Norman Foster’s Ombriere. You’re almost under it before you notice it.
After nine months of construction, re-routing of traffic and a rumoured EUR45 million bill, visitors to Marseilles’ Vieux Port can now photograph themselves upside down.
Norman Foster’s Ombriere, a huge flat mirror supported on poles above the terrace in front of the Vieux Port, reflects the colourful fishing boats, the buses, the beggars and hawkers, the school excursions, the petit trains and the visitors who cluster in this hub of Marseillaise tourist life.
I hope this mirror thing doesn’t become a cliche, like the giant ferris wheels sprouting on groovy, go-ahead, ‘wow, look at us!’ city skylines. Continue reading
Marseilles is having trouble in its role as Capitale Europeenne de la Culture 2013.
We get our first sense of this when we call in at the Office de Tourisme and ask for our City Pass Marseille. It’s a museum and public transport card that, according to the website, “…makes it easy for first time visitors by identifying the best things to do in the city and permits to save (sic) money and time.”
Except today, ‘Sorry, Sir, our printer is not working so we cannot make the cards.’ Continue reading
It wasn’t easy to get here, so you might at least look pleased to see us!
“Pardonnez-moi, Monsieur? What do you mean, ‘Complet’? It’s taken us an hour to find the bus stop and another 45 minutes to wait for your bus to come along and now you’re saying you’re full?
How are we supposed to get to Saint-Paul if every bloody bus…Ok, d’accord, Monsieur, you only drive the damn thing. Nice beard, by the way.”
We know there often isn’t a lot of public transport into walled mediaeval villages perched on Provencal hilltops. But Saint-Paul-de-Vence isn’t just any mediaeval village. It’s now a tourist mecca, thanks to the artists, past and present, who have lived and worked there. A lot of us want to see it. Continue reading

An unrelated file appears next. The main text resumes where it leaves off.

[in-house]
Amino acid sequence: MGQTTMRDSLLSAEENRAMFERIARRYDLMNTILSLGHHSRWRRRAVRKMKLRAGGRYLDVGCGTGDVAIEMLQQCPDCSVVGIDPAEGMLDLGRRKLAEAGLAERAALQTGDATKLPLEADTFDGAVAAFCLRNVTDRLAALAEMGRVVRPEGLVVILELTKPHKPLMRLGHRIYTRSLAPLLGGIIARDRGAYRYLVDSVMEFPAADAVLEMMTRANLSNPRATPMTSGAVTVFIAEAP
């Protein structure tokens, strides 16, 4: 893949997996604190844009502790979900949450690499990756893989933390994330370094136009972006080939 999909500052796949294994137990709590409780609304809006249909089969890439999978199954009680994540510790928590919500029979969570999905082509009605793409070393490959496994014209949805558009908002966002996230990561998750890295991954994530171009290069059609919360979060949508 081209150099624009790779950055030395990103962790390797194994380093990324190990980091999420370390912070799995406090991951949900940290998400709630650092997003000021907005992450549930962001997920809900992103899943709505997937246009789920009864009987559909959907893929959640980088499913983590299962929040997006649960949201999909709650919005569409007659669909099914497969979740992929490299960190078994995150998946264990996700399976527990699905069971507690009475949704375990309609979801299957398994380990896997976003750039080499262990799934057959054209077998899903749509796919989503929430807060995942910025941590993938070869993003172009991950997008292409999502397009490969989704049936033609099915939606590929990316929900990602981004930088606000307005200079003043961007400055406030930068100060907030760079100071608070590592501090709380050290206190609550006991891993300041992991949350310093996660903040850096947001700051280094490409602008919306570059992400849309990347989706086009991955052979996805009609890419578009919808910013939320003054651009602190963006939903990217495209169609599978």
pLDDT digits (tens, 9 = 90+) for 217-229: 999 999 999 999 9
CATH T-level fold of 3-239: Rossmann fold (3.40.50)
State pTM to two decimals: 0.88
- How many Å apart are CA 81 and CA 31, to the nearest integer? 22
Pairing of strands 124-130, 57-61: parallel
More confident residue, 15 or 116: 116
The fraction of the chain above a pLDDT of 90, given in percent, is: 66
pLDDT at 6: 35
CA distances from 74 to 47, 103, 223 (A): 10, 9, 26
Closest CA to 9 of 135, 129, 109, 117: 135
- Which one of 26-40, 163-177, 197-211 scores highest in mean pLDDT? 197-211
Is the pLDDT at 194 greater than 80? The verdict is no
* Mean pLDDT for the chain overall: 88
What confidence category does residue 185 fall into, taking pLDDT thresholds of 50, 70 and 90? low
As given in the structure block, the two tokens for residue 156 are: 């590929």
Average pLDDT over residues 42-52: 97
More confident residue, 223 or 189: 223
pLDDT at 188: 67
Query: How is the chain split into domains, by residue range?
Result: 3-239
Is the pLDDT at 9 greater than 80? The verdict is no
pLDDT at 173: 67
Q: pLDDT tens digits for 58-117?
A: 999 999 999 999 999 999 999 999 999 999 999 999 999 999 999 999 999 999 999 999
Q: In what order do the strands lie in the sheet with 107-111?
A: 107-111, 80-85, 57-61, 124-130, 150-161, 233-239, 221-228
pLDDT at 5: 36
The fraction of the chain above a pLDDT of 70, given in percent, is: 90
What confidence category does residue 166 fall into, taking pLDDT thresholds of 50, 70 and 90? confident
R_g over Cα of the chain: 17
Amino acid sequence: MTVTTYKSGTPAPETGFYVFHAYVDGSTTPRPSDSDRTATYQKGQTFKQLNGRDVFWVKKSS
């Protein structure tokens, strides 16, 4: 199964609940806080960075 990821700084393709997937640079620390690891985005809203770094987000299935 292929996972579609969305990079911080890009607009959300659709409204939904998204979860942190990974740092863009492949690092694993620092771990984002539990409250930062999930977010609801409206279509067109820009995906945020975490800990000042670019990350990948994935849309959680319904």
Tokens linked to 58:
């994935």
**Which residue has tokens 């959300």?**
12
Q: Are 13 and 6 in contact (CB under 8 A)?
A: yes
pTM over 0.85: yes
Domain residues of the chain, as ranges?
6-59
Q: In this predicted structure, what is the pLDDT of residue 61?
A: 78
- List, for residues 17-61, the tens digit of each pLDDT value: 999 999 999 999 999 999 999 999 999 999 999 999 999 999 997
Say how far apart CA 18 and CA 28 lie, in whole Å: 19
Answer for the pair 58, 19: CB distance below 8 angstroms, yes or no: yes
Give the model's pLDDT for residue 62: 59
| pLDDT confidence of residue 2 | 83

Filed under Art, Belgium, France
Many shops may be selling souvenirs or cafe to tourists, but there’s still charm, at least in the non-high season.
It’s hard to avoid making bad puns on this city’s name, and even harder to make them funny in print or out loud.
It was a nice day for wandering with the camera through the nice streets and museums of Nice. Continue reading
Better Homes and Gardens …than ours.
It’s all very well to have money in the bank or, if you’re a Rothschild, to own the bank. But unless you have vision and taste to match your cash, you may blow it all buying something silly, like a string of racehorses or another bank.
Baroness Beatrice Ephrussi de Rothschild (1864-1934) not only had deep pockets and plenty to fill them, but also a passion for travel and an eye for beauty in nature, art and architecture.
We’ve just visited her little pad on Cap Ferrat on the French Riviera. Continue reading
Sun and cafes – Villefranche-sur-Mer.
You have to love Europe. The weather in Amsterdam is cold, grey, wet and miserable. Mevrouw T has a heavy cold. So all we have to do is wake at 4.15am, struggle out to Schiphol Airport, catch a plane to Nice and an hour and forty minutes later here we are, in the sunny south of France.
It’s a toasty twenty degrees, there are people sitting on the terraces, a few brave souls are stripping off to sunbathe and there are even two people swimming. In the sea. No, not us, but it could have been us.
We’ve organised a week’s apartment swap with Muriel and Jean Louis in Villefranche-sur-Mer, on the French Riviera, the Cote d’Azur. From the sound of it alone, you’d assume only the mega-rich could afford it. This way, we can too. Continue reading